The advent of technology is perhaps one of the most identifiable features of the 21st century. This technological advancement has improved the quality of lives in many and varied ways. Industries are expanding in their production capacities while traditional jobs like Accounting, Law are radically redefined.

In the business world, technology has led to what has come to be known as globalization. Though globalization has political dimensions, the economic dimensions have been more pronounced.

A market is no longer defined by physical space. In this kind of space, many companies can now put their business online and advertise their products and services even to people they will never see, and in places, they will never tread. This means for example, that a company in America is not merely competing in America but literally, it is competing with every fellow company in every part of the world. IS this a positive or negative consequence? It depends on how you react to it. If you are the market leader (on top of the competition), it is positive. On the other hand, if you are being thumped out by competitors from outside, it is negative.

So how do you survive in this globalized economy?

The days of being a generalist are over

With increased competition and supply across the world, it is becoming more and more difficult to succeed in a business or individual career path by being a generalist. Specialization does not just help to define your brand; it gives you a lot of expertise in a particular field or business line that leads to the economics of scale and learning curve advantages.

When you are known as an expert in a particular product or service line, customers tend to put more trust in your abilities, and your name is on everyone's lips in that particular area. As the world market expands and technology continues to redefine and enlarge everything, chasing many rabbits may be dangerous as you can lose them all. And in this case, what is gained provides better and greater satisfaction.

As Corbett Barr observed, “Being a specialist is about discipline, and generalists find this kind of discipline hard to come by. But you have to be an expert in something or a handful of things, if you expect to charge top rates, land the coveted jobs, or create the next hot product”( ). What was his advice?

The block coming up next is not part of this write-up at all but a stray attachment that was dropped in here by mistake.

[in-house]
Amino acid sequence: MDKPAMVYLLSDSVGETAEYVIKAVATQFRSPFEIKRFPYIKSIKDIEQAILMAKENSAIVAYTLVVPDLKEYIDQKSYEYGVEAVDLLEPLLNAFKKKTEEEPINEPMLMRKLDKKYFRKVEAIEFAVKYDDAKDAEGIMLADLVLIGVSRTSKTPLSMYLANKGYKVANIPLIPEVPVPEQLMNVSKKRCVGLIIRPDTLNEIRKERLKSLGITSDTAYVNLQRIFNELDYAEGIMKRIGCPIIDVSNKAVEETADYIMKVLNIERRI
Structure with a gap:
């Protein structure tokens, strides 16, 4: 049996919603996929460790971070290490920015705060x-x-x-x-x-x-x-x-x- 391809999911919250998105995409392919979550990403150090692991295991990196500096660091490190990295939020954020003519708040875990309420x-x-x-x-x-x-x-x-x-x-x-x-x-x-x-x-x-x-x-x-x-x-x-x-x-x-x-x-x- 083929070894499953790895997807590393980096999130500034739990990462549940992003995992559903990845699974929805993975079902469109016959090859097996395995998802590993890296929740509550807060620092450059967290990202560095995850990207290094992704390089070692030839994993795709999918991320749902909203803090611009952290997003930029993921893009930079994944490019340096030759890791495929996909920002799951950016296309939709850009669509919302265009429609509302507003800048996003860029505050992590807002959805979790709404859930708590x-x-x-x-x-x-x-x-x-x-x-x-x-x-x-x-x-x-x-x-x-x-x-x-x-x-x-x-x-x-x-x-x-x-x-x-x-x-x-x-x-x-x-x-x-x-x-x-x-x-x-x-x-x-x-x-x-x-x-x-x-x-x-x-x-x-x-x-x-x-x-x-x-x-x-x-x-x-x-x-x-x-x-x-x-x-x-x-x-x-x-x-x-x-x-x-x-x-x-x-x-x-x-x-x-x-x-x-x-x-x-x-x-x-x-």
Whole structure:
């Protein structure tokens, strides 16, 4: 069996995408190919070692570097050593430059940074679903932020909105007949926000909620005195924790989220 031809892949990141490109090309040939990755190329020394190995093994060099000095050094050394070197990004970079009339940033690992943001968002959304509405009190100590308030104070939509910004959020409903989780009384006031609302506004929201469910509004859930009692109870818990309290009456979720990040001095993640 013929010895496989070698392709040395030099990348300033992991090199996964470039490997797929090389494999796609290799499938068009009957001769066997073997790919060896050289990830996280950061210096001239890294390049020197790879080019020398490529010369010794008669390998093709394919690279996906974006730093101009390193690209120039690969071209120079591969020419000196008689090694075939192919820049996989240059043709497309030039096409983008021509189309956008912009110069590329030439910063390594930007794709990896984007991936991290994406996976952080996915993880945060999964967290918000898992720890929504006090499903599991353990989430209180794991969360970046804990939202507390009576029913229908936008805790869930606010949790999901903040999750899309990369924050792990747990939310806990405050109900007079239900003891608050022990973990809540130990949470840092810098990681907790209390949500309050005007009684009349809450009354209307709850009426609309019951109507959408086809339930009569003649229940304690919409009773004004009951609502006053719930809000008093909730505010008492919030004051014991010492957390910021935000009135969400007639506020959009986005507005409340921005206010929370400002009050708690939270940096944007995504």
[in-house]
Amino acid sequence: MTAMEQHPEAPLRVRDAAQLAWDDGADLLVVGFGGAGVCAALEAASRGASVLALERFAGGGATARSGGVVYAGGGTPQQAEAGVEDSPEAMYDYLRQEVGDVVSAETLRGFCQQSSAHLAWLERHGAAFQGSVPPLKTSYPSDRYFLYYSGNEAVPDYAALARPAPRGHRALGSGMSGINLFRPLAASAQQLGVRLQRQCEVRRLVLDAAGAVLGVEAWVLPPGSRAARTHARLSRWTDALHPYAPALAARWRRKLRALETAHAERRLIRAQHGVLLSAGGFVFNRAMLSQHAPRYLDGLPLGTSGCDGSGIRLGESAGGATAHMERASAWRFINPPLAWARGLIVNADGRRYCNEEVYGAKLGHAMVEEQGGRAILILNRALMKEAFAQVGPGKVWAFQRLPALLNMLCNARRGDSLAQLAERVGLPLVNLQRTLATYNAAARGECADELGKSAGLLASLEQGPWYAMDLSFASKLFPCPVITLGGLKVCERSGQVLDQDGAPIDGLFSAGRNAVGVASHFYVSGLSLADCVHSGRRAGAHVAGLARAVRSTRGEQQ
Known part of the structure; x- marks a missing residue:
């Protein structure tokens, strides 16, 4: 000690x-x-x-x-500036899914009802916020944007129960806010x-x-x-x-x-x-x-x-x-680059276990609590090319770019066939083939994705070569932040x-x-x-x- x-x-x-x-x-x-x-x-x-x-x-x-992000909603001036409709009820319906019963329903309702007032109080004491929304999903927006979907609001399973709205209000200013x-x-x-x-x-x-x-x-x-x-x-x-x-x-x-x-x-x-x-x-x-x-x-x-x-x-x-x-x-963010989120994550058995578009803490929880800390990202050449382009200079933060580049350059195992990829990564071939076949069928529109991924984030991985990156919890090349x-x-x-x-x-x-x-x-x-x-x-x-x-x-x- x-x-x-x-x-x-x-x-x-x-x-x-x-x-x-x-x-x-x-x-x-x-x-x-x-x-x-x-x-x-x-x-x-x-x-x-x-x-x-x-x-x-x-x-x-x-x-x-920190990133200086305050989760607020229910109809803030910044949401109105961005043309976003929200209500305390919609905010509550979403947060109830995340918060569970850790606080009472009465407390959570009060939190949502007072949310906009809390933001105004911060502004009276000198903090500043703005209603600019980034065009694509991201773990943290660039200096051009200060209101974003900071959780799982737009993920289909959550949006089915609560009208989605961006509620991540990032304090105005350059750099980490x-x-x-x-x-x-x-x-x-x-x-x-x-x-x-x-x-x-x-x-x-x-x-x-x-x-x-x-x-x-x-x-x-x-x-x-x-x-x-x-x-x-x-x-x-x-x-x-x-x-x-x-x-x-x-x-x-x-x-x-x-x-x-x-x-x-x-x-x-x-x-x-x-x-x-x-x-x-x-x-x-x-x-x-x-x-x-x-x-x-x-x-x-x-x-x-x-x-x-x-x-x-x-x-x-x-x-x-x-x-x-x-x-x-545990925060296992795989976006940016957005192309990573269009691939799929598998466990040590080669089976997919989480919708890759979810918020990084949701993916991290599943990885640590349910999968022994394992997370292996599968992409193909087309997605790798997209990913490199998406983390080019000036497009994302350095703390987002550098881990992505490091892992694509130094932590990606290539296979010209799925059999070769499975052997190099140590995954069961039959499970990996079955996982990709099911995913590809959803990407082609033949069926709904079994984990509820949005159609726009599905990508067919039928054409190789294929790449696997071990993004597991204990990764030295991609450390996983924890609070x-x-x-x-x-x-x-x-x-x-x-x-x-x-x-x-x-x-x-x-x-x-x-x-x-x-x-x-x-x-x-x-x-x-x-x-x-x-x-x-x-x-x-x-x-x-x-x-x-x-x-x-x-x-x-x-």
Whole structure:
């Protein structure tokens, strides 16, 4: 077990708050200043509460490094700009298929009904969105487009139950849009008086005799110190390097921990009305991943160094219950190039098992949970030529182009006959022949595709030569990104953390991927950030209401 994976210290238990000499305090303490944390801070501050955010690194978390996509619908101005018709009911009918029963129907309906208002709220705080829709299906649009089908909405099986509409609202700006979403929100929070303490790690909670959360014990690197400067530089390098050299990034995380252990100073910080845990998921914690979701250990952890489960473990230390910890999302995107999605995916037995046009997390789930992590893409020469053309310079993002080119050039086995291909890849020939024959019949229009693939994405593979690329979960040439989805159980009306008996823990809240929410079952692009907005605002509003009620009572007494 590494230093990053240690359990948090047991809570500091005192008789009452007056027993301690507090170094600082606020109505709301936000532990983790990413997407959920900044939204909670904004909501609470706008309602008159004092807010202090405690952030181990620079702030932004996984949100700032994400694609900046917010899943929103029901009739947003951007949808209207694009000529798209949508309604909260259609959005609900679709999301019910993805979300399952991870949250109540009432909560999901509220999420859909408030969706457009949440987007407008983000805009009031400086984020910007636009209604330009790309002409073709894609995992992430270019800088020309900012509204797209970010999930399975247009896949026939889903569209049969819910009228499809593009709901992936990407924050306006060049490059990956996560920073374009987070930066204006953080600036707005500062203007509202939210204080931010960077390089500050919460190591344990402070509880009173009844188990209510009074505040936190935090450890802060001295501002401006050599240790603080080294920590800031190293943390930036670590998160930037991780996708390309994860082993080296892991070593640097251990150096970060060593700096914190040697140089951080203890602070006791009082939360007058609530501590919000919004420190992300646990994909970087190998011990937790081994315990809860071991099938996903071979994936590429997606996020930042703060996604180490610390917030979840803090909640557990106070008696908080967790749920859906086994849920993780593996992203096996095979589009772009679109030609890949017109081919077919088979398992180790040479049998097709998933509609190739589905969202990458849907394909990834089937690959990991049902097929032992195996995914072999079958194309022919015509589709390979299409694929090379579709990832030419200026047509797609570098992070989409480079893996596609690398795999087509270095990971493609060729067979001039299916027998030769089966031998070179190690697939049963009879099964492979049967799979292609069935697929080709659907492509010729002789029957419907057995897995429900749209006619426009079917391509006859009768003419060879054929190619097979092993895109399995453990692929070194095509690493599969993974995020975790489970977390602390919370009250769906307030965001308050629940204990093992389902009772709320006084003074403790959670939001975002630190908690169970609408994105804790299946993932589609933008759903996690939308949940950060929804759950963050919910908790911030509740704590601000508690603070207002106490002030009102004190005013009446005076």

“The intersection of the two is where the magic happens. Become an expert and a generalist at the same time, and you'll be unstoppable. And here's the ironic part: once you become an expert at something, your generalist skills will be more valuable than ever. The expertise gets your foot in the door. It makes you valuable and opens opportunities. Once you land the opportunities, you can embrace your generalist nature all you want.”

Let the improvement of yourself keep you busy

Every line of business and profession is going through radical improvements, and those who gain from these are those who know how to be on top of developments and quickly adapt to them. Marketing is redefined by Social media, content marketing, and many other developments and to be a 21st-century marketer requires consistent learning, unlearning and engagement with the newest trends to position your business and yourself as market leaders and industry experts

“Change is your friend, not your foe; change is a brilliant opportunity to grow.” -Simon T. Bailey

As we observe all the changes around us, they offer new opportunities to grow, to learn, to expand. Those who get the best out of the globalized economy are those who remain on top of the massive changes we see all around.

Remember, you are not an island.

As business processes become more complex, there is a greater need for collaboration. A group of experts coming together to build a business empire and the next great innovation is the reality that we see today. To build a successful online business require the services of a web designer, a marketer, a content expert, a social media marketing expert, a copywriter, analytics, a search engine optimization (SEO) expert.

There are wide varieties of expertise across the board, and business success, as well as personal success, depends more on collaboration than competition. Choose your niche, become an expert and work together with fellow experts to build a global empire

Joshua Michelle Ross in a Forbes article commented, “The supply chain of work is getting longer. Getting any product or service into the market is the result of a much larger set of people, organizations, places and processes than before; a dizzying number of interfaces with people who all seem to speak a unique dialect – even within the same company: finance, legal, HR, engineers, marketers and so on. They are quite independent in how they see and speak about the world and yet wholly dependent upon each other to get anything done. The more moving parts required to get work done, the more chance there is of creating confusion, rework, variance and other inefficiencies. The only known remedy is structured communication (aka collaboration) across the supply chain.”( )

Source by Paul Abayomi Owolabi